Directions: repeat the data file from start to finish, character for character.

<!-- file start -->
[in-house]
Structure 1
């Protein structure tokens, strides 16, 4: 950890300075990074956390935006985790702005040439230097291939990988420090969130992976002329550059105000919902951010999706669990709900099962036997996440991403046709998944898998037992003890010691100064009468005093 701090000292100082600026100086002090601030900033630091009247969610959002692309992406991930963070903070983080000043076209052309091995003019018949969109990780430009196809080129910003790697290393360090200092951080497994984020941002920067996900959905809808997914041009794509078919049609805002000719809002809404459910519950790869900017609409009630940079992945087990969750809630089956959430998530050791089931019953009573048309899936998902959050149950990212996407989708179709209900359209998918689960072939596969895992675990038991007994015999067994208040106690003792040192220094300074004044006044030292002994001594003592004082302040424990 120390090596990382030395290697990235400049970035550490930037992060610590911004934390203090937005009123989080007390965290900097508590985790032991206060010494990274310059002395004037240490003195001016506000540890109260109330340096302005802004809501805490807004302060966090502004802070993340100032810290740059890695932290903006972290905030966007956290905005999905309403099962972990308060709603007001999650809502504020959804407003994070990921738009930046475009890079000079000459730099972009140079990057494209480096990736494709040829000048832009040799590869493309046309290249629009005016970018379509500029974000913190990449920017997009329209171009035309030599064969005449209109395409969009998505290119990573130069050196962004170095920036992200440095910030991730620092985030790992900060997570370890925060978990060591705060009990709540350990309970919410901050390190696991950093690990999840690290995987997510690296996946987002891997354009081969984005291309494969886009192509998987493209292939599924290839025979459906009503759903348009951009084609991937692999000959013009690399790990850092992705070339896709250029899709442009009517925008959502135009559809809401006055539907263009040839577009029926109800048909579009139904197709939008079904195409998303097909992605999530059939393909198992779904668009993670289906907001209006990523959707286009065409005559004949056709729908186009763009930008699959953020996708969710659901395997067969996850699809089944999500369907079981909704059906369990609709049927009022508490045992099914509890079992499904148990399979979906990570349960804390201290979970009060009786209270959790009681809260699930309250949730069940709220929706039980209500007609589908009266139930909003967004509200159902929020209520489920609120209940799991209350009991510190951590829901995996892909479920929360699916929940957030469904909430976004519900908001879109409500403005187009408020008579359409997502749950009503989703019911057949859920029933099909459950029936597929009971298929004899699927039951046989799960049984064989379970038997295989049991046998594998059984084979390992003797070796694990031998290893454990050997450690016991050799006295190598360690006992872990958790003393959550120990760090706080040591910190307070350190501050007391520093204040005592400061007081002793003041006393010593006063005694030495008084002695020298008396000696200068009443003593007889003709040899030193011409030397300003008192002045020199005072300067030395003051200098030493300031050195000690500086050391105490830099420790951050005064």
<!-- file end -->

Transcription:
[in-house]
Structure 1
């Protein structure tokens, strides 16, 4: 950890300075990074956390935006985790702005040439230097291939990988420090969130992976002329550059105000919902951010999706669990709900099962036997996440991403046709998944898998037992003890010691100064009468005093 701090000292100082600026100086002090601030900033630091009247969610959002692309992406991930963070903070983080000043076209052309091995003019018949969109990780430009196809080129910003790697290393360090200092951080497994984020941002920067996900959905809808997914041009794509078919049609805002000719809002809404459910519950790869900017609409009630940079992945087990969750809630089956959430998530050791089931019953009573048309899936998902959050149950990212996407989708179709209900359209998918689960072939596969895992675990038991007994015999067994208040106690003792040192220094300074004044006044030292002994001594003592004082302040424990 120390090596990382030395290697990235400049970035550490930037992060610590911004934390203090937005009123989080007390965290900097508590985790032991206060010494990274310059002395004037240490003195001016506000540890109260109330340096302005802004809501805490807004302060966090502004802070993340100032810290740059890695932290903006972290905030966007956290905005999905309403099962972990308060709603007001999650809502504020959804407003994070990921738009930046475009890079000079000459730099972009140079990057494209480096990736494709040829000048832009040799590869493309046309290249629009005016970018379509500029974000913190990449920017997009329209171009035309030599064969005449209109395409969009998505290119990573130069050196962004170095920036992200440095910030991730620092985030790992900060997570370890925060978990060591705060009990709540350990309970919410901050390190696991950093690990999840690290995987997510690296996946987002891997354009081969984005291309494969886009192509998987493209292939599924290839025979459906009503759903348009951009084609991937692999000959013009690399790990850092992705070339896709250029899709442009009517925008959502135009559809809401006055539907263009040839577009029926109800048909579009139904197709939008079904195409998303097909992605999530059939393909198992779904668009993670289906907001209006990523959707286009065409005559004949056709729908186009763009930008699959953020996708969710659901395997067969996850699809089944999500369907079981909704059906369990609709049927009022508490045992099914509890079992499904148990399979979906990570349960804390201290979970009060009786209270959790009681809260699930309250949730069940709220929706039980209500007609589908009266139930909003967004509200159902929020209520489920609120209940799991209350009991510190951590829901995996892909479920929360699916929940957030469904909430976004519900908001879109409500403005187009408020008579359409997502749950009503989703019911057949859920029933099909459950029936597929009971298929004899699927039951046989799960049984064989379970038997295989049991046998594998059984084979390992003797070796694990031998290893454990050997450690016991050799006295190598360690006992872990958790003393959550120990760090706080040591910190307070350190501050007391520093204040005592400061007081002793003041006393010593006063005694030495008084002695020298008396000696200068009443003593007889003709040899030193011409030397300003008192002045020199005072300067030395003051200098030493300031050195000690500086050391105490830099420790951050005064």